1. On Stack Overflow, participate in documentation

Look around in the Stack Overflow documentation to see if there is something you can improve. Every time your change gets approved, not only do you earn 2 reputation for the approval itself, but if you edit enough, you also earn 5 reputation for each upvote on that topic and 5 reputation each time someone references the topic in an upvoted answer.

Introductory topics are especially good for this, since they get upvoted often. Edit a few introductory topics in some popular languages, and then enjoy the +5's appearing on your screen every day.

To conclude:

  1. Post high-quality answers, and don't get discouraged if someone else answers before you
  2. Never abuse the system
  3. Format your posts correctly
  4. If you're Jon Skeet, be aware of the 200 rep/day limit; if you're Donald Duck, concentrate on the other tips
  5. Edit a lot, especially if you have less than 2000 reputation
  6. Associate your other accounts
  7. Once you have the privilege to review, review a lot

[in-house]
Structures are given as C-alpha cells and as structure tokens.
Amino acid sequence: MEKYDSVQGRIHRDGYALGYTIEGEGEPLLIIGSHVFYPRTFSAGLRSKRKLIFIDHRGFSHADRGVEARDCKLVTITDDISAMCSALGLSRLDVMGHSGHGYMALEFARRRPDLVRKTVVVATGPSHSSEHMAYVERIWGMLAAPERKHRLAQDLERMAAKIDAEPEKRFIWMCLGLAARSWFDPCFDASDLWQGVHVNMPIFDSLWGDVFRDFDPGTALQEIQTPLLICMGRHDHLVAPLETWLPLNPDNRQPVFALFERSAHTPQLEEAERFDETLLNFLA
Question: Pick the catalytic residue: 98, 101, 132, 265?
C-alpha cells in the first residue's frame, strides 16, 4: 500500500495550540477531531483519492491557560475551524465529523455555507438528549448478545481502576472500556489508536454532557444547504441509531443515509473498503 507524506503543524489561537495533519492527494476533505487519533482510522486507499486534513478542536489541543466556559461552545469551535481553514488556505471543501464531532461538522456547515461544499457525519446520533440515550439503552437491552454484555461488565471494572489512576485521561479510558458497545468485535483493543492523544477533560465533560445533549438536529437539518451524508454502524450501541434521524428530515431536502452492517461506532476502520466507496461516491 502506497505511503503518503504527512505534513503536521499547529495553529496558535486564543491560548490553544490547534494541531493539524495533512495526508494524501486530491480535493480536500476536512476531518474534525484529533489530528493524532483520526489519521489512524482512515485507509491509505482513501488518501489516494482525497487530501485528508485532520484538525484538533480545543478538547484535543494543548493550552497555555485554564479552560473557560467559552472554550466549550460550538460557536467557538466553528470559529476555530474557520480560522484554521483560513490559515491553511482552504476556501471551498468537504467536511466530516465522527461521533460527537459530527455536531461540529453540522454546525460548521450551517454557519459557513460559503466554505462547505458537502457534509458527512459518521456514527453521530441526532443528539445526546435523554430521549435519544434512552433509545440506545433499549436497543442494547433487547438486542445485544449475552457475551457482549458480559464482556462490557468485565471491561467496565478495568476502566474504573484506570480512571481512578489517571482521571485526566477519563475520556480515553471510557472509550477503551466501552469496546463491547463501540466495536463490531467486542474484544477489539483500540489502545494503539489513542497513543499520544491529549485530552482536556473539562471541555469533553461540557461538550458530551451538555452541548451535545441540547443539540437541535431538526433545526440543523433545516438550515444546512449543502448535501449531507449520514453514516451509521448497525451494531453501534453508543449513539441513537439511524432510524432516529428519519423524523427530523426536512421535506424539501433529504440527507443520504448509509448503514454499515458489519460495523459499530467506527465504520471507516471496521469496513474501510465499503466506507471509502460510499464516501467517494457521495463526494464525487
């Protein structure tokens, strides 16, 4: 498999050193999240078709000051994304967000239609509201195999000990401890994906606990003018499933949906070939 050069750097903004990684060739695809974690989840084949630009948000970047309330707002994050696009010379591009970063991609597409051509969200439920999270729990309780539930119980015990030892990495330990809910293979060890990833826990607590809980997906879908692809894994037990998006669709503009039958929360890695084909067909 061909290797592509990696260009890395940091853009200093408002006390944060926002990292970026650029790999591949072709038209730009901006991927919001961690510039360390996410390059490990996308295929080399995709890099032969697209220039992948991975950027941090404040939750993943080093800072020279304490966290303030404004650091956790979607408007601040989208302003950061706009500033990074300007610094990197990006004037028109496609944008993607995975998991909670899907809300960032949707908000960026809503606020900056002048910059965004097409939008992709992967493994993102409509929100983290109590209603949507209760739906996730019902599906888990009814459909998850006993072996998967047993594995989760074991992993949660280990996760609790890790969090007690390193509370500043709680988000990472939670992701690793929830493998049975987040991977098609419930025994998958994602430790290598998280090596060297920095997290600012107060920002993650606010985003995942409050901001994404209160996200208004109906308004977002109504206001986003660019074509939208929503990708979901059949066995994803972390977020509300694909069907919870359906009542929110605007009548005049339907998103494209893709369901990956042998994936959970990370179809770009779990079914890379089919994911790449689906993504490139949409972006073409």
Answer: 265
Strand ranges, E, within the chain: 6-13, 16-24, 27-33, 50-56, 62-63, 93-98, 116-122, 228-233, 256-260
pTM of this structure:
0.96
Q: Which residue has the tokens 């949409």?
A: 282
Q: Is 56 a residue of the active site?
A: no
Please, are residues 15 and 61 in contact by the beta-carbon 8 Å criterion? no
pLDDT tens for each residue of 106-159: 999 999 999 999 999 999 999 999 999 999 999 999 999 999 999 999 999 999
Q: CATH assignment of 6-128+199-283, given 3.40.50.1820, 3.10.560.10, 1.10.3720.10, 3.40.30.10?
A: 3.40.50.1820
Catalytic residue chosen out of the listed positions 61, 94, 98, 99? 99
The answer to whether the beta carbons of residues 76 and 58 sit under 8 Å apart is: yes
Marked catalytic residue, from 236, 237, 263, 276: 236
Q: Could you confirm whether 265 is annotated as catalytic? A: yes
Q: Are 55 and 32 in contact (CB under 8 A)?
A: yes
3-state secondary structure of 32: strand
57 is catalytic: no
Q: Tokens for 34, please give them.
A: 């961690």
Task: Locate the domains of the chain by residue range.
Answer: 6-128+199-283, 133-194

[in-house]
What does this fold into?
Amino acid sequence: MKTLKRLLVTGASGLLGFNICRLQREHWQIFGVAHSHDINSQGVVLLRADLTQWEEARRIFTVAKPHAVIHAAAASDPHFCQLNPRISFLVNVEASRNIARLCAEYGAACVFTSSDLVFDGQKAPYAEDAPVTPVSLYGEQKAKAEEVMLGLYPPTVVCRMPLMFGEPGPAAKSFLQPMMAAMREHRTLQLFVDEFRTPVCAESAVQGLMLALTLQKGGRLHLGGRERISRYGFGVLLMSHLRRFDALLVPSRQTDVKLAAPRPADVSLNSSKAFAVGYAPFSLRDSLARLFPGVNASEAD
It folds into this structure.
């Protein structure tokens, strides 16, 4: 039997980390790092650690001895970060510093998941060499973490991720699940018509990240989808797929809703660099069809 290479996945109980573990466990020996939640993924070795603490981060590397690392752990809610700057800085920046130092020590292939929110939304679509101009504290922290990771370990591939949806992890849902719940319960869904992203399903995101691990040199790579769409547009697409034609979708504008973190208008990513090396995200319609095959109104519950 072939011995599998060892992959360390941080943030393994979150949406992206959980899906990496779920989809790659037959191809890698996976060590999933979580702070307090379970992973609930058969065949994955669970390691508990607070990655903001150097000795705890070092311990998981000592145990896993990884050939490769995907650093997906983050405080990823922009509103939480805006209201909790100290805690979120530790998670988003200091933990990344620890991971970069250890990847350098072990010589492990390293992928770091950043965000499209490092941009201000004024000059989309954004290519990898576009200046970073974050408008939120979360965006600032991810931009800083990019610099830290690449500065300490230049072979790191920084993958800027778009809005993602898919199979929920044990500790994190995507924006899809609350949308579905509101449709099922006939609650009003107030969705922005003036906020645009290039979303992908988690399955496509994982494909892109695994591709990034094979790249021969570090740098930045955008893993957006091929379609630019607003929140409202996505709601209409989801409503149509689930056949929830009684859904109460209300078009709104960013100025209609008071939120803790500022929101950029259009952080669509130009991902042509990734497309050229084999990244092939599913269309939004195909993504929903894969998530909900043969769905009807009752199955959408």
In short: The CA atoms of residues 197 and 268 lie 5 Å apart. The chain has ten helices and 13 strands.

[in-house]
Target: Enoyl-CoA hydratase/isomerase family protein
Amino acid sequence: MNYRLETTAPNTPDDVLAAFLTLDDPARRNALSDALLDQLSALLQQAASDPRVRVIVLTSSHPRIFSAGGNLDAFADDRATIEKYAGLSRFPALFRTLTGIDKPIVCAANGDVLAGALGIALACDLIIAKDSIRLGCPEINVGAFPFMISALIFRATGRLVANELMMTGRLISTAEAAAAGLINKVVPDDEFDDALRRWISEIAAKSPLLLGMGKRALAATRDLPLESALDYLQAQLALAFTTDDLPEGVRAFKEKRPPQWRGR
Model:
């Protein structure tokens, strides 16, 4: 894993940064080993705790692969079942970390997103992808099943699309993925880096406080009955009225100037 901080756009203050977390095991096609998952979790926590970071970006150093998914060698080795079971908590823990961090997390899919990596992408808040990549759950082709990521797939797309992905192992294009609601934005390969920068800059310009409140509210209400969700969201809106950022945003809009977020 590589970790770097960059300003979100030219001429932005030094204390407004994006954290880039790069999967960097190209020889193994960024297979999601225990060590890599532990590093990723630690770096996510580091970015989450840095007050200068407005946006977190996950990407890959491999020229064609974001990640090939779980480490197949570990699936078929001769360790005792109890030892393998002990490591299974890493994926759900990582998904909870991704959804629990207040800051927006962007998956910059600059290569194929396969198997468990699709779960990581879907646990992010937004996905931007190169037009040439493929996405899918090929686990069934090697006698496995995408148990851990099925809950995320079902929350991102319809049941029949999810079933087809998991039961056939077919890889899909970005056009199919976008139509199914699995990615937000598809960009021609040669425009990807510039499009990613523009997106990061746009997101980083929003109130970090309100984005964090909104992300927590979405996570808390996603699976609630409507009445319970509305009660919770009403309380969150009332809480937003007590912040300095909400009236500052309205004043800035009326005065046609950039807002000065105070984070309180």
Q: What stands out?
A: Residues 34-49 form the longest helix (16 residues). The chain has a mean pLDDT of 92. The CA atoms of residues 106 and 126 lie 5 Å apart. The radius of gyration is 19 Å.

8. On Stack Overflow, participate in documentation

I think that the most important ones are #1 (my version), #7 and #8 (Stack Overflow only). If you have less than 2000 reputation, #5 is also important.


Weekend effect

Most "hard" sites tend to have two large groups:

  1. The professionals of the site topics
  2. Enthusiasts

If you belong to (2), it is much more hard for you to get reputation.

But: the professionals are tend to be far, far away on the weekend. This opens the gates before the commoners.

Here is the time, as you can activate yourself, to concentrate your effort. Look for the enthusiasts. Here is the time to get your first mortherboard badge.

Note: if you want to get the mortarboard badge, or to hit the repcap, you have to start the day early.

If you are a professional, then it is the possibility to get your first motherboard badge without working on it on all the day.



  • formating



well (incoroect)[hyperlionks]

  1. And general usessness Of {posts}(0)